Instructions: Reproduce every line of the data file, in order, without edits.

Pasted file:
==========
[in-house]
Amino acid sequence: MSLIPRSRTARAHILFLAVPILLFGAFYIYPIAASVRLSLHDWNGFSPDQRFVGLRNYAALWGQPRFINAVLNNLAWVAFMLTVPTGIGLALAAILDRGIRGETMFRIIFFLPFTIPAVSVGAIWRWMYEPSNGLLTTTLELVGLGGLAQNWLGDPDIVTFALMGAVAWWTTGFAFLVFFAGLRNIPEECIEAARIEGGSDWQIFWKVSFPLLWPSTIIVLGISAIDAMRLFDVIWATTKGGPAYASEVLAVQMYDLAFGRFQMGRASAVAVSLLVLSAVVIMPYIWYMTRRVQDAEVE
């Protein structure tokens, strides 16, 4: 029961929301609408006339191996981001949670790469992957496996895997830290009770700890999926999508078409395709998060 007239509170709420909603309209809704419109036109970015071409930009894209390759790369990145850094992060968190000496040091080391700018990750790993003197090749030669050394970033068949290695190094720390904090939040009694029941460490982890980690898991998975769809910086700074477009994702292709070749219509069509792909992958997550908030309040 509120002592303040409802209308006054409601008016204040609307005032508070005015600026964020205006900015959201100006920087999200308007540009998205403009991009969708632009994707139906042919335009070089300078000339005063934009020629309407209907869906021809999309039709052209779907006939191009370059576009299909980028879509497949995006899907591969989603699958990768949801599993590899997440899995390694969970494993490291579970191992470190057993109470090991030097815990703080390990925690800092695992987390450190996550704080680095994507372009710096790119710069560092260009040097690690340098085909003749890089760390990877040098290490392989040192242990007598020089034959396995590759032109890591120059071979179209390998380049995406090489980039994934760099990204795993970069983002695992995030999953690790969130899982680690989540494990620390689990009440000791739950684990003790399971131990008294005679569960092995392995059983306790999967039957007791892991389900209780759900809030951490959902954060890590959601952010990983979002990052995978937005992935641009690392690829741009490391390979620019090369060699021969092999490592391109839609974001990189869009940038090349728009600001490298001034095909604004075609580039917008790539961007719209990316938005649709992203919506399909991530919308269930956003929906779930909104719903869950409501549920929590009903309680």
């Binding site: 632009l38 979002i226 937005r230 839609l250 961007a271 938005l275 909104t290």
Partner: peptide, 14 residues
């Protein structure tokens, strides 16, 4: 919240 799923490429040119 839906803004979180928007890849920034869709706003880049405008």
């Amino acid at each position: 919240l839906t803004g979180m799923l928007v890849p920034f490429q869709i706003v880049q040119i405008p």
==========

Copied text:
[in-house]
Amino acid sequence: MSLIPRSRTARAHILFLAVPILLFGAFYIYPIAASVRLSLHDWNGFSPDQRFVGLRNYAALWGQPRFINAVLNNLAWVAFMLTVPTGIGLALAAILDRGIRGETMFRIIFFLPFTIPAVSVGAIWRWMYEPSNGLLTTTLELVGLGGLAQNWLGDPDIVTFALMGAVAWWTTGFAFLVFFAGLRNIPEECIEAARIEGGSDWQIFWKVSFPLLWPSTIIVLGISAIDAMRLFDVIWATTKGGPAYASEVLAVQMYDLAFGRFQMGRASAVAVSLLVLSAVVIMPYIWYMTRRVQDAEVE
């Protein structure tokens, strides 16, 4: 029961929301609408006339191996981001949670790469992957496996895997830290009770700890999926999508078409395709998060 007239509170709420909603309209809704419109036109970015071409930009894209390759790369990145850094992060968190000496040091080391700018990750790993003197090749030669050394970033068949290695190094720390904090939040009694029941460490982890980690898991998975769809910086700074477009994702292709070749219509069509792909992958997550908030309040 509120002592303040409802209308006054409601008016204040609307005032508070005015600026964020205006900015959201100006920087999200308007540009998205403009991009969708632009994707139906042919335009070089300078000339005063934009020629309407209907869906021809999309039709052209779907006939191009370059576009299909980028879509497949995006899907591969989603699958990768949801599993590899997440899995390694969970494993490291579970191992470190057993109470090991030097815990703080390990925690800092695992987390450190996550704080680095994507372009710096790119710069560092260009040097690690340098085909003749890089760390990877040098290490392989040192242990007598020089034959396995590759032109890591120059071979179209390998380049995406090489980039994934760099990204795993970069983002695992995030999953690790969130899982680690989540494990620390689990009440000791739950684990003790399971131990008294005679569960092995392995059983306790999967039957007791892991389900209780759900809030951490959902954060890590959601952010990983979002990052995978937005992935641009690392690829741009490391390979620019090369060699021969092999490592391109839609974001990189869009940038090349728009600001490298001034095909604004075609580039917008790539961007719209990316938005649709992203919506399909991530919308269930956003929906779930909104719903869950409501549920929590009903309680």
């Binding site: 632009l38 979002i226 937005r230 839609l250 961007a271 938005l275 909104t290």
Partner: peptide, 14 residues
């Protein structure tokens, strides 16, 4: 919240 799923490429040119 839906803004979180928007890849920034869709706003880049405008």
């Amino acid at each position: 919240l839906t803004g979180m799923l928007v890849p920034f490429q869709i706003v880049q040119i405008p």